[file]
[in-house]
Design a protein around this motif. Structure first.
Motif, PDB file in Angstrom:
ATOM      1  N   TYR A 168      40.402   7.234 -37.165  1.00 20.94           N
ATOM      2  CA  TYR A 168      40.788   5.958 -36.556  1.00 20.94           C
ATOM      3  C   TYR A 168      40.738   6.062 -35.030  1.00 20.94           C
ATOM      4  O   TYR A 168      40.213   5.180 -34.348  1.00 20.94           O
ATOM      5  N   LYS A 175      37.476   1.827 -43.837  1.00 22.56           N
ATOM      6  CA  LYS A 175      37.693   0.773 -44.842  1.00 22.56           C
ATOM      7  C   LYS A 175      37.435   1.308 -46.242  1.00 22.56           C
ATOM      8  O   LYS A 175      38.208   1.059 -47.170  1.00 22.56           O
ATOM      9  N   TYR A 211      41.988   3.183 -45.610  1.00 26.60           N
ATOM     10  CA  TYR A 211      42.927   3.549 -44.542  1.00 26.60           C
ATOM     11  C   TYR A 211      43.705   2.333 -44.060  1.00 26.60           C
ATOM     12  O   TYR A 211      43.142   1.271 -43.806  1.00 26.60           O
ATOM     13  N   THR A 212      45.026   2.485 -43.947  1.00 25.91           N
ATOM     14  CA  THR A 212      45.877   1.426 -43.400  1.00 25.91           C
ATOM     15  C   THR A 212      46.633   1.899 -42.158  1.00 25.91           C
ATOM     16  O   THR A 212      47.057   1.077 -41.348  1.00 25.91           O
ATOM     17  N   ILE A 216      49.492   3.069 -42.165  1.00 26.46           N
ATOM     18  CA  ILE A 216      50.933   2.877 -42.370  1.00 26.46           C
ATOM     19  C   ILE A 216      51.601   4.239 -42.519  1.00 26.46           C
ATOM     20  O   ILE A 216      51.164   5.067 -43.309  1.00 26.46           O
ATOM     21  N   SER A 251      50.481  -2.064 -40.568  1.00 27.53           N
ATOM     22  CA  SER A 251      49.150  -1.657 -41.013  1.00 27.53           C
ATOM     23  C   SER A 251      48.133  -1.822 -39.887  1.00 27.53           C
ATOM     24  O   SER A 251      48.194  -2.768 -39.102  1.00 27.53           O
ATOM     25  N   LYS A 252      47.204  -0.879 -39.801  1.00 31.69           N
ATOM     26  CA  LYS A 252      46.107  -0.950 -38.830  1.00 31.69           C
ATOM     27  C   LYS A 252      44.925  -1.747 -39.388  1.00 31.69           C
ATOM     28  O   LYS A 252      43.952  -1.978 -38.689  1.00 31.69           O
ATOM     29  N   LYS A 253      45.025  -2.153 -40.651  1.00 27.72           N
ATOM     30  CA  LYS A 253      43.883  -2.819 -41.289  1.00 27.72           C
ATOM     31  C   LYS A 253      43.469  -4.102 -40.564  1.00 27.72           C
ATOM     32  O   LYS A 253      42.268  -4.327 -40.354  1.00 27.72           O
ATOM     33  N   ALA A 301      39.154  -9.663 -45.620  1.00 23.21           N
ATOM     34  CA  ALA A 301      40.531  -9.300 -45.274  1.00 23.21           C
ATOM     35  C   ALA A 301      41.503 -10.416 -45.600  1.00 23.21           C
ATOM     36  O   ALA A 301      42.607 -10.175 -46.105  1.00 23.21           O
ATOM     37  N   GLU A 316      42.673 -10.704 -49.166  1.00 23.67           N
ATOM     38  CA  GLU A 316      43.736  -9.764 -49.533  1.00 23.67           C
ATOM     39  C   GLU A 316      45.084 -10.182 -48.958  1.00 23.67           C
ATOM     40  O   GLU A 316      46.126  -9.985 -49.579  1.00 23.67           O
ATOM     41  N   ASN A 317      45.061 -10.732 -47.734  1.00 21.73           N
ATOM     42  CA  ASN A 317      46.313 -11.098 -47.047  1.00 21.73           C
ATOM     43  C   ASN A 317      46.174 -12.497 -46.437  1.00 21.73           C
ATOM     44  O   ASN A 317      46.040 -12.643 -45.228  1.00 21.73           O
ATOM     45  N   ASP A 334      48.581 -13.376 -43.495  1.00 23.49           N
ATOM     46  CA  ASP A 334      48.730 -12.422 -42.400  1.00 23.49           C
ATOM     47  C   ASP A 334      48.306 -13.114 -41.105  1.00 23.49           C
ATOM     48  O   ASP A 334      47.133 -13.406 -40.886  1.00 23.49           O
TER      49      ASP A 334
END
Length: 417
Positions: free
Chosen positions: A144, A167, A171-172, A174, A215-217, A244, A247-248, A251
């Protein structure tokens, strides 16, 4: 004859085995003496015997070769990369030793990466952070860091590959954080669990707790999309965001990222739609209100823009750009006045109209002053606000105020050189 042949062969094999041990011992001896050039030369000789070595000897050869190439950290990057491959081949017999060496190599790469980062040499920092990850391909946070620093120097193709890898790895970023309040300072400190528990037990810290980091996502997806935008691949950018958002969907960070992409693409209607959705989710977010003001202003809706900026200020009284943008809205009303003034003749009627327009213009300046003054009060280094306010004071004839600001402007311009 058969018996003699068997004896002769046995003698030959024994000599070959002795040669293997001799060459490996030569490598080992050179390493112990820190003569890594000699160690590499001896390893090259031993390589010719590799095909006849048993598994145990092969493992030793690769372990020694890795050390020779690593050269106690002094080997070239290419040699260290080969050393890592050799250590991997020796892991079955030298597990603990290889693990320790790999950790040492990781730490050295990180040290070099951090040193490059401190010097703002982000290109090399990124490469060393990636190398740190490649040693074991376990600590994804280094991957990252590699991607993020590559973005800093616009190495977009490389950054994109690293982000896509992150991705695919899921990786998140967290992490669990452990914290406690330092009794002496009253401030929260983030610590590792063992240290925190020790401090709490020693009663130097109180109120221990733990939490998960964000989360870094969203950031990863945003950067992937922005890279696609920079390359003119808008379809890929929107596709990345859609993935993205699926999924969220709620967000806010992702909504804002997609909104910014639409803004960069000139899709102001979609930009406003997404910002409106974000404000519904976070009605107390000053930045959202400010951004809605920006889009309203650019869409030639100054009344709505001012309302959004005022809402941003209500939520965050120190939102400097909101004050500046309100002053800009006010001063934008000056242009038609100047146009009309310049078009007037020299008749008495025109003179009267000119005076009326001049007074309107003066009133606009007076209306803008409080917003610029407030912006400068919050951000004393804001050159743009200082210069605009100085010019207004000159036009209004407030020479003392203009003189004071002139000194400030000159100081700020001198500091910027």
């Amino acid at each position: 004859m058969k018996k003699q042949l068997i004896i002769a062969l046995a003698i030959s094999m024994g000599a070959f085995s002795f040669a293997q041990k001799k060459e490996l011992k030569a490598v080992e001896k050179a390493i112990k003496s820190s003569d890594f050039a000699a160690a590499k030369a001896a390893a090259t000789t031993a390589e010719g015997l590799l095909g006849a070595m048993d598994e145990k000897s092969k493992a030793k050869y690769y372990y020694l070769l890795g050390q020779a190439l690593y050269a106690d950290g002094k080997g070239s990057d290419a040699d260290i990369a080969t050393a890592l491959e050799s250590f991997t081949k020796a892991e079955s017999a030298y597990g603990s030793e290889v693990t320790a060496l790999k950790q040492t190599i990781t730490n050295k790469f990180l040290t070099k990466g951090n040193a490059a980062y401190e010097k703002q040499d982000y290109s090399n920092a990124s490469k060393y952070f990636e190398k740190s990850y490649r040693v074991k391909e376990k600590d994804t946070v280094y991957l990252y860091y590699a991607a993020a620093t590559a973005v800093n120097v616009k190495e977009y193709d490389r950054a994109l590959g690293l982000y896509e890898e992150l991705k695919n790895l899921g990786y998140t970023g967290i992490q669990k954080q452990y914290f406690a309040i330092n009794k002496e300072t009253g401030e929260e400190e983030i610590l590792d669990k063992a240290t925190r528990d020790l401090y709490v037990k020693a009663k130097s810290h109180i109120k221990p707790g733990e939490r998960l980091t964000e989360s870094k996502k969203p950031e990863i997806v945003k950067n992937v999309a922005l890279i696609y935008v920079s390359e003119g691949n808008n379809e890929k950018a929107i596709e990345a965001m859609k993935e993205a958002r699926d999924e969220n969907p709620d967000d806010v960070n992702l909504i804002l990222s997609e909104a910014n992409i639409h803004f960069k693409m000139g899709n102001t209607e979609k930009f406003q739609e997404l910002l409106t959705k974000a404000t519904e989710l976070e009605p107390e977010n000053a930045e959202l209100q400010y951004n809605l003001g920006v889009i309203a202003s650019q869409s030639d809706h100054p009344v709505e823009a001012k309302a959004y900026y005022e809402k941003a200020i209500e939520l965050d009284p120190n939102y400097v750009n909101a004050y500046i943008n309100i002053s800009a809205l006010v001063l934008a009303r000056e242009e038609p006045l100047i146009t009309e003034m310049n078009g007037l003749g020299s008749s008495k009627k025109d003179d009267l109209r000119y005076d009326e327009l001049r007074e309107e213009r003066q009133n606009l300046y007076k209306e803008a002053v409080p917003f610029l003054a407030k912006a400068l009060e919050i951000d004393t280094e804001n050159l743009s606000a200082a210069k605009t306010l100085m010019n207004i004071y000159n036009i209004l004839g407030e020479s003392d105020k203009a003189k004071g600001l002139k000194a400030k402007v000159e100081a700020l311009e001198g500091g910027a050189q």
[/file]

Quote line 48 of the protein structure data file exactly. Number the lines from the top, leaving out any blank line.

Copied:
ATOM     45  N   ASP A 334      48.581 -13.376 -43.495  1.00 23.49           N